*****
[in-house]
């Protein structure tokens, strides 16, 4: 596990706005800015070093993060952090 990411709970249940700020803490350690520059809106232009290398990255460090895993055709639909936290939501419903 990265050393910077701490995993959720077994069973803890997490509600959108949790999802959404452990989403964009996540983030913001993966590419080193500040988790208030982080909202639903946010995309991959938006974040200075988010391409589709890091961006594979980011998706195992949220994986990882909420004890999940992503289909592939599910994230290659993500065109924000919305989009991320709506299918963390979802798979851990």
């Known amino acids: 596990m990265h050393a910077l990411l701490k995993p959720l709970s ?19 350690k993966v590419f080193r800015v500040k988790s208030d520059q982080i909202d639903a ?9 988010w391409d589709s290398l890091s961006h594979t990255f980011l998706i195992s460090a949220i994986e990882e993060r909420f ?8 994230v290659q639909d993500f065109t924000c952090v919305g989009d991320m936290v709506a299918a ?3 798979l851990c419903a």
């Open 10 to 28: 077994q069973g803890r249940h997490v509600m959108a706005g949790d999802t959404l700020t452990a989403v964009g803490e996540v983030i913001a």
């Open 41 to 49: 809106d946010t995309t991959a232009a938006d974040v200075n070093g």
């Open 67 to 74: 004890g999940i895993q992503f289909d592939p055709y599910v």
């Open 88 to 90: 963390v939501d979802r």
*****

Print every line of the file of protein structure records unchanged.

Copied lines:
[in-house]
């Protein structure tokens, strides 16, 4: 596990706005800015070093993060952090 990411709970249940700020803490350690520059809106232009290398990255460090895993055709639909936290939501419903 990265050393910077701490995993959720077994069973803890997490509600959108949790999802959404452990989403964009996540983030913001993966590419080193500040988790208030982080909202639903946010995309991959938006974040200075988010391409589709890091961006594979980011998706195992949220994986990882909420004890999940992503289909592939599910994230290659993500065109924000919305989009991320709506299918963390979802798979851990």
């Known amino acids: 596990m990265h050393a910077l990411l701490k995993p959720l709970s ?19 350690k993966v590419f080193r800015v500040k988790s208030d520059q982080i909202d639903a ?9 988010w391409d589709s290398l890091s961006h594979t990255f980011l998706i195992s460090a949220i994986e990882e993060r909420f ?8 994230v290659q639909d993500f065109t924000c952090v919305g989009d991320m936290v709506a299918a ?3 798979l851990c419903a």
């Open 10 to 28: 077994q069973g803890r249940h997490v509600m959108a706005g949790d999802t959404l700020t452990a989403v964009g803490e996540v983030i913001a």
């Open 41 to 49: 809106d946010t995309t991959a232009a938006d974040v200075n070093g």
């Open 67 to 74: 004890g999940i895993q992503f289909d592939p055709y599910v």
């Open 88 to 90: 963390v939501d979802r």